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Healthc Q. 2019 Jul;22(2):40-46. doi: 10.12927/hcq.2019.25906.

Keeping Long-Term Care Patients Out of Hospital During Acute Medical Illness: Proposal for Common Elements of an Integrated Healthcare Delivery System for Long-Term Care.

Author information

1
A general internal medicine specialist with an interest in improving access to care for vulnerable older adults. She led the development of the Integrated Long-Term Care Program in East Toronto and the Complex Care Hub program in Calgary and is currently the medical lead for the Seniors' Palliative and Continuing Care portfolio in Calgary for Alberta Health Services. Dr Grinman can be reached by e-mail at: michelle.grinman@ahs.ca.
2
A clinical nurse specialist and a passionate proponent of transformative, collaborative, integrated healthcare. She is a palliative educator and mentor and currently is the director of the Palliative Pain and Symptom Management Consultation service for Toronto.
3
A care of the elderly physician with an interest in providing home-based geriatric assessment and palliative care for medically complex and frail older adults. She is currently the medical director of long-term care and supported living for the Brenda Strafford Foundation in Calgary and co-medical lead for the Home Care Geriatric Consult Team and Seniors Health Outreach Program in the Calgary Zone. She also serves as a medical consultant for the community paramedics from the Mobile Integrated Health Services Program in the Calgary Zone.
4
A primary care nurse practitioner with 11 years of clinical and quality improvement healthcare experience working in a variety of health settings, from acute care to community. She currently works as a nurse practitioner providing palliative care in the community with a continued focus on quality improvement.
5
A registered respiratory therapist, advanced care paramedic and certified project manager with expertise in improvement science and application of high-reliability organizational theory to healthcare teams. He was previously the project manager for the Integrated Long-Term Care Program in the East Toronto Health Link.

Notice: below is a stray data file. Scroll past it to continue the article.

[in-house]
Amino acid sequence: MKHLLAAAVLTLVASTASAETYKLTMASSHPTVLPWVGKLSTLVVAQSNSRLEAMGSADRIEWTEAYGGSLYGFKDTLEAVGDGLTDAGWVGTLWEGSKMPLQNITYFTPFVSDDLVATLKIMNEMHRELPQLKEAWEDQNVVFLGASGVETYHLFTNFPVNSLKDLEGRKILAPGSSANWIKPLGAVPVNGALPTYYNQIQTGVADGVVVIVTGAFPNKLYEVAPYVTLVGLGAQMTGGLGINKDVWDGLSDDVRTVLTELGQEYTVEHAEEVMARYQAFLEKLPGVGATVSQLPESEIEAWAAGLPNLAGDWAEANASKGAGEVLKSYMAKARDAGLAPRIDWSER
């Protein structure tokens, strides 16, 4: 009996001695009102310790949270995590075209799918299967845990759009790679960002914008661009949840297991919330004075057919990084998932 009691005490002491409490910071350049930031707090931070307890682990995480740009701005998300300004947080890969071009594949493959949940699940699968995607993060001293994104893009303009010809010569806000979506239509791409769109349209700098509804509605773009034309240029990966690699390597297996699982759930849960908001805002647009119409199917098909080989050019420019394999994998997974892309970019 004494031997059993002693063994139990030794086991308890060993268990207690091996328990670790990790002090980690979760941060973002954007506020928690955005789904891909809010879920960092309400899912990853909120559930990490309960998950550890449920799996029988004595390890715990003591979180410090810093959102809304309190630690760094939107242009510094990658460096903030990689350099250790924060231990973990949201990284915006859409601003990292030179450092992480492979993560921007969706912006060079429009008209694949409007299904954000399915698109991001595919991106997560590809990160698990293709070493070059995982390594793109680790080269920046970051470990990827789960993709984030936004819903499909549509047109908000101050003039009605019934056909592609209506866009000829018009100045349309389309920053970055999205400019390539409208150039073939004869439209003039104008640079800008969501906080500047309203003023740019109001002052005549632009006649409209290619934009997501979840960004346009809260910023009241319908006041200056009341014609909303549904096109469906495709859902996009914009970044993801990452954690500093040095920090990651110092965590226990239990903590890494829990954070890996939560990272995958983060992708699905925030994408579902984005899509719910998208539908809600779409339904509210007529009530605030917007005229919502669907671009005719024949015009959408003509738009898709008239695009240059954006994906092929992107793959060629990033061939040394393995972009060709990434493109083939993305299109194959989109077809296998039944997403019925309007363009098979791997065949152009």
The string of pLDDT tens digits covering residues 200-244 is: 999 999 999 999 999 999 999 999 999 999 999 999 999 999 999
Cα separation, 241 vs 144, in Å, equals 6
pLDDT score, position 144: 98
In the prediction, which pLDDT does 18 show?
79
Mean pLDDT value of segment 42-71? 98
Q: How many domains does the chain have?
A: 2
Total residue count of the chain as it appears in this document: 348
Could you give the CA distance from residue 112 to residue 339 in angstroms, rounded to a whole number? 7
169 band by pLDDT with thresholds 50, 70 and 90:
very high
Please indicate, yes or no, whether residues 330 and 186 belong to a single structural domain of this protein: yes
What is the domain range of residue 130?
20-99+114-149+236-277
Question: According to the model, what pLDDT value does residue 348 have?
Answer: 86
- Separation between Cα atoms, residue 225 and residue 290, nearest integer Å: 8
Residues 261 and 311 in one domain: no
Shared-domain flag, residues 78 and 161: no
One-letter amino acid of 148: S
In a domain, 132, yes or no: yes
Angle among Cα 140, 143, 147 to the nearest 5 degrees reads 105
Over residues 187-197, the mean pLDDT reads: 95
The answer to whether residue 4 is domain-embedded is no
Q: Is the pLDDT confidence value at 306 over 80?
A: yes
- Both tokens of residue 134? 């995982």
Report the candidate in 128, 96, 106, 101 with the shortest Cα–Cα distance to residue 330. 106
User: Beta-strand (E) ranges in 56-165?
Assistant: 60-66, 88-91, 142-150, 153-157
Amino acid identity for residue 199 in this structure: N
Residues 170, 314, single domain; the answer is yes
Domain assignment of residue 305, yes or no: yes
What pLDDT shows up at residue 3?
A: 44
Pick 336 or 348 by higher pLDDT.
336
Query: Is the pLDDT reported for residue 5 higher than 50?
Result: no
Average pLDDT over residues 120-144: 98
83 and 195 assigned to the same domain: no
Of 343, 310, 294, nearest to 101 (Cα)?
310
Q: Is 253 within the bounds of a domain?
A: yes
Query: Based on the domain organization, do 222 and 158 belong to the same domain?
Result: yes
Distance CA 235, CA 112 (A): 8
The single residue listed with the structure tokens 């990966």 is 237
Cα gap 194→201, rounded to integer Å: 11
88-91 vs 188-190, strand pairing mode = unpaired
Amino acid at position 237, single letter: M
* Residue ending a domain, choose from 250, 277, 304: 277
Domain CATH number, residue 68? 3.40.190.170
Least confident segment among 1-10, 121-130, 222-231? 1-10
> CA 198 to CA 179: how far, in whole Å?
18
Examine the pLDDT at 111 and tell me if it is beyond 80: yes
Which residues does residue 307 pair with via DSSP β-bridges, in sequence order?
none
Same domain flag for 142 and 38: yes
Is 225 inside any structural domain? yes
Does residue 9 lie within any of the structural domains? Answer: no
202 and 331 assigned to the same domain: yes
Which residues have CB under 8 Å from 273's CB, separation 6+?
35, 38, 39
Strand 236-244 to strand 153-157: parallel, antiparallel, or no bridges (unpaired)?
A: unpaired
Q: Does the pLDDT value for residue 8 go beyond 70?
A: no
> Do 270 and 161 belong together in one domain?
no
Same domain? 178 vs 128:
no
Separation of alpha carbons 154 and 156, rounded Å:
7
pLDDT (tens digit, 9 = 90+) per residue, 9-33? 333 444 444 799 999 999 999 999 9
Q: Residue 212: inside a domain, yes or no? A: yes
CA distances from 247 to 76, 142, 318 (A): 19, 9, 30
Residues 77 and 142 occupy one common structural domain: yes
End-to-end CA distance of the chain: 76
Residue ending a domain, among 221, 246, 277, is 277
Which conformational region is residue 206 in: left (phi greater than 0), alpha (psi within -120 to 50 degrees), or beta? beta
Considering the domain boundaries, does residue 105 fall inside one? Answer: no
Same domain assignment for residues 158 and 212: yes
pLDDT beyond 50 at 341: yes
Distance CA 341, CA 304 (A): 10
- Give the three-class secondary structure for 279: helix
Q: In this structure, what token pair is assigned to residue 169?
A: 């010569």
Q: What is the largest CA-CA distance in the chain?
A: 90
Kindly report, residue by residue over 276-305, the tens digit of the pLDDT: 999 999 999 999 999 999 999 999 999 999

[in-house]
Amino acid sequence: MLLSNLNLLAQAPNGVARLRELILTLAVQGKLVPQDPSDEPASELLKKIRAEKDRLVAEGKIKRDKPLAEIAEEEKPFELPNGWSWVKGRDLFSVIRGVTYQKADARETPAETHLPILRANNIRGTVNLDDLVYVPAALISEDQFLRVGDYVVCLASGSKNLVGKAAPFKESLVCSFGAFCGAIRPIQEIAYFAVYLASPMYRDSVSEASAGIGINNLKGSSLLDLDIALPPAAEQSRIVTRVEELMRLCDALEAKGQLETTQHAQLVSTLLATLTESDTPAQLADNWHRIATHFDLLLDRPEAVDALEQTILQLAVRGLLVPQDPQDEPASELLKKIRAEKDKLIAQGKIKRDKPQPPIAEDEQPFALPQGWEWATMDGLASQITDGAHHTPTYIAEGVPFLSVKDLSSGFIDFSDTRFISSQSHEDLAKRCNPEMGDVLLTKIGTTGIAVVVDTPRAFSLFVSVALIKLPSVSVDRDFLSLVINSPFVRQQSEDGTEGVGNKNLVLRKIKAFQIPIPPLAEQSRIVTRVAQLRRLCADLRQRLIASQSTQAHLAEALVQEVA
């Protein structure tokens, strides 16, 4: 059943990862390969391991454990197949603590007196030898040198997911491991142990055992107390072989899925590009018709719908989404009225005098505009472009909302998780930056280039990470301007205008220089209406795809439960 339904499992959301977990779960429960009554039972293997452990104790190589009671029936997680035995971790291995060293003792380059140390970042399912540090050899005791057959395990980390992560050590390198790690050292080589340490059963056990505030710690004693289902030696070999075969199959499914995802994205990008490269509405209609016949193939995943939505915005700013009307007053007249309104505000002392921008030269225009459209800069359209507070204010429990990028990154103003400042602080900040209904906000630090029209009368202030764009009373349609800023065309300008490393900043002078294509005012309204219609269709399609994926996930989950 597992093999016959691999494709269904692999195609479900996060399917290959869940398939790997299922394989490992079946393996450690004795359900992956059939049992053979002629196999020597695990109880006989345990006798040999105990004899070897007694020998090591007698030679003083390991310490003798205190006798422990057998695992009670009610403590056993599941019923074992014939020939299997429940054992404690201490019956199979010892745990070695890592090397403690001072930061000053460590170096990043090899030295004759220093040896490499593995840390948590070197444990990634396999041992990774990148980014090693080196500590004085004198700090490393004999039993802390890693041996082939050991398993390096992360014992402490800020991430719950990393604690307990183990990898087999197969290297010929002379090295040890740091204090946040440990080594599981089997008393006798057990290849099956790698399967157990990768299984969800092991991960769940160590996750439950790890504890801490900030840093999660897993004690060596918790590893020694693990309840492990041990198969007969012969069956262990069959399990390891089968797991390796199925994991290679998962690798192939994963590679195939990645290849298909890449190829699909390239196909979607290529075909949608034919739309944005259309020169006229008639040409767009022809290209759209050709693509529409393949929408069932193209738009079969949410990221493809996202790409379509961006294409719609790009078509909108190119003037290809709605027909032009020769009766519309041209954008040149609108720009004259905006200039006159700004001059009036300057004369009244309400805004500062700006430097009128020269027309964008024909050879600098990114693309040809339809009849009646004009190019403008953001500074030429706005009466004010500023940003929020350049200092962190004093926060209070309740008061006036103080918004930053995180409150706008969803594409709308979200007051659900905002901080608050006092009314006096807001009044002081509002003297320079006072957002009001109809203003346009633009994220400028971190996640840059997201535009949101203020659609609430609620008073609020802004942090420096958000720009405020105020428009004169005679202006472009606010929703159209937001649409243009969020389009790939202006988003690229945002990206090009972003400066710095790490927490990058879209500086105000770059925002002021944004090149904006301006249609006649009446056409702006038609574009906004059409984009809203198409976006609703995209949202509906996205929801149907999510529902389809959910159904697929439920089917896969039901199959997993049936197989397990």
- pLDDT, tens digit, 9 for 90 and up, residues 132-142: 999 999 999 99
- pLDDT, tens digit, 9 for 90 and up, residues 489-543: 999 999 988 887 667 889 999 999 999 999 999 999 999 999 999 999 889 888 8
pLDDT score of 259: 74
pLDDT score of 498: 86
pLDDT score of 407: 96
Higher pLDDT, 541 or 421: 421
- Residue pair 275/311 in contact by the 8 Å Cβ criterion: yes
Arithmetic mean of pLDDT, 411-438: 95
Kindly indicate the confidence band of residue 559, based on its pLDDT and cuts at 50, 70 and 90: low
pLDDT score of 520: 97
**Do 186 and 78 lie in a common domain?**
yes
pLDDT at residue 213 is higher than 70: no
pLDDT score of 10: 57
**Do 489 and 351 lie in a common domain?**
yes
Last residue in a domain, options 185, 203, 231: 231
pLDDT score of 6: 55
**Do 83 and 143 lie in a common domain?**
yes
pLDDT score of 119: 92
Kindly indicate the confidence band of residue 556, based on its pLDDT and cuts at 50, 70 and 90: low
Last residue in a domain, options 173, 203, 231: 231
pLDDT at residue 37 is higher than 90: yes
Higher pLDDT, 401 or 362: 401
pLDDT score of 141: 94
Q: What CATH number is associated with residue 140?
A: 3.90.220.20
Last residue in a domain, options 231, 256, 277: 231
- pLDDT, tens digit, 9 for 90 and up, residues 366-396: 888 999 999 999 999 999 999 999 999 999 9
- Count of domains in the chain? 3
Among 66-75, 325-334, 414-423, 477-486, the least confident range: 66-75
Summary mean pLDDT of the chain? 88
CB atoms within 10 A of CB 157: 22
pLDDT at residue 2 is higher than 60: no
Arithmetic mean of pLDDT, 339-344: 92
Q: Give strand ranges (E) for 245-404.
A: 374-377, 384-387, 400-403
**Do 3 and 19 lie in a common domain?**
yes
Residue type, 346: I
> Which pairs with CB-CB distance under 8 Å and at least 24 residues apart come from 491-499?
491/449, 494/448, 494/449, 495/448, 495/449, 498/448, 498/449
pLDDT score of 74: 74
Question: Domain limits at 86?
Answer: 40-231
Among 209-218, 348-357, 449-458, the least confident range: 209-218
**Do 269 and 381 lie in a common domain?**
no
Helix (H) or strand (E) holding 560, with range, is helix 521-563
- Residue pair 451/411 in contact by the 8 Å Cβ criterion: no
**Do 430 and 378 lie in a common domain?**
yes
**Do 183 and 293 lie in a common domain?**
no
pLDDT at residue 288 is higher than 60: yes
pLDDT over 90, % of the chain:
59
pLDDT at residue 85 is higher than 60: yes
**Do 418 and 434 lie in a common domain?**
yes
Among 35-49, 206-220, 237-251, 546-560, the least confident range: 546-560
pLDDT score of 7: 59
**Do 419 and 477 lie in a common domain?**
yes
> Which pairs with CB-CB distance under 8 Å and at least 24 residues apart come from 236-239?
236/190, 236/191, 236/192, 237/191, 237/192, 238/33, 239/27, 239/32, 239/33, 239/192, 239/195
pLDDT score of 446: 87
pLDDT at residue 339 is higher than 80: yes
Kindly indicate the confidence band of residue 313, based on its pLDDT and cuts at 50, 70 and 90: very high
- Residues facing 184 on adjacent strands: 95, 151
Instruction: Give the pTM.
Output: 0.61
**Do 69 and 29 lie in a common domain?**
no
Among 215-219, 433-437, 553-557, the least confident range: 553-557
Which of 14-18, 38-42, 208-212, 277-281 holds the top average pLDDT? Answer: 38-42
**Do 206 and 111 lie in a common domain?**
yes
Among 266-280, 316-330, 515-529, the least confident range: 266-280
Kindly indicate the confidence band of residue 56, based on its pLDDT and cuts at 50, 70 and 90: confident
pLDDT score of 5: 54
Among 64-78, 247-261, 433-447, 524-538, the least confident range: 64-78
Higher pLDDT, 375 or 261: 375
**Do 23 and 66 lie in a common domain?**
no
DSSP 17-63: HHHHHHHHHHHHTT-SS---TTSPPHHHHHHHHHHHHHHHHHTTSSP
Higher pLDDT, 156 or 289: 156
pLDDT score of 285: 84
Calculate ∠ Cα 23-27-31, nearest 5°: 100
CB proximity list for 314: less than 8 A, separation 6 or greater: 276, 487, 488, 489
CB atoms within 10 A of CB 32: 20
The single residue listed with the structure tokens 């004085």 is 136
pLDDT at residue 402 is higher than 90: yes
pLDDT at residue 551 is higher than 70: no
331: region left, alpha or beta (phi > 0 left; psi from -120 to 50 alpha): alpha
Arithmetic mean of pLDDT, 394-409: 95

6
A clinical nurse specialist with an interest in quality improvement and capacity building in long-term care homes for the provision of enhanced palliative care. She previously worked as a palliative pain and symptom management consultant in Toronto and currently works for the Palliative Integrated Long-Term Care Program based at Michael Garron Hospital in east Toronto.
7
A care of the elderly specialist providing acute care geriatric consultation, spanning outpatient clinics and home-based and facility-living patients. She leads quality improvement and research projects to optimize transitions of care aiming to reduce avoidable hospitalizations for frail older adults and facilitating aging in place. She is currently the section chief in seniors care for the Department of Family Medicine at the University of Calgary and medical director of facility living in the Calgary Zone for Alberta Health Services.

Abstract

Integration of acute and palliative care services for long-term care (LTC) residents reduces the morbidity and mortality associated with avoidable hospitalizations while contributing to healthcare system sustainability. This paper explores patient, provider and system factors contributing to potentially avoidable emergency room visits from LTC homes, based on our clinical and quality improvement work in the Greater Toronto Area and Calgary, as well as reviews the existing literature. Commonalities are used to identify key elements for developing an integrated healthcare delivery system to manage acute medical changes in LTC residents and minimize the need for in-patient hospitalization.

PMID:
31556378
DOI:
10.12927/hcq.2019.25906

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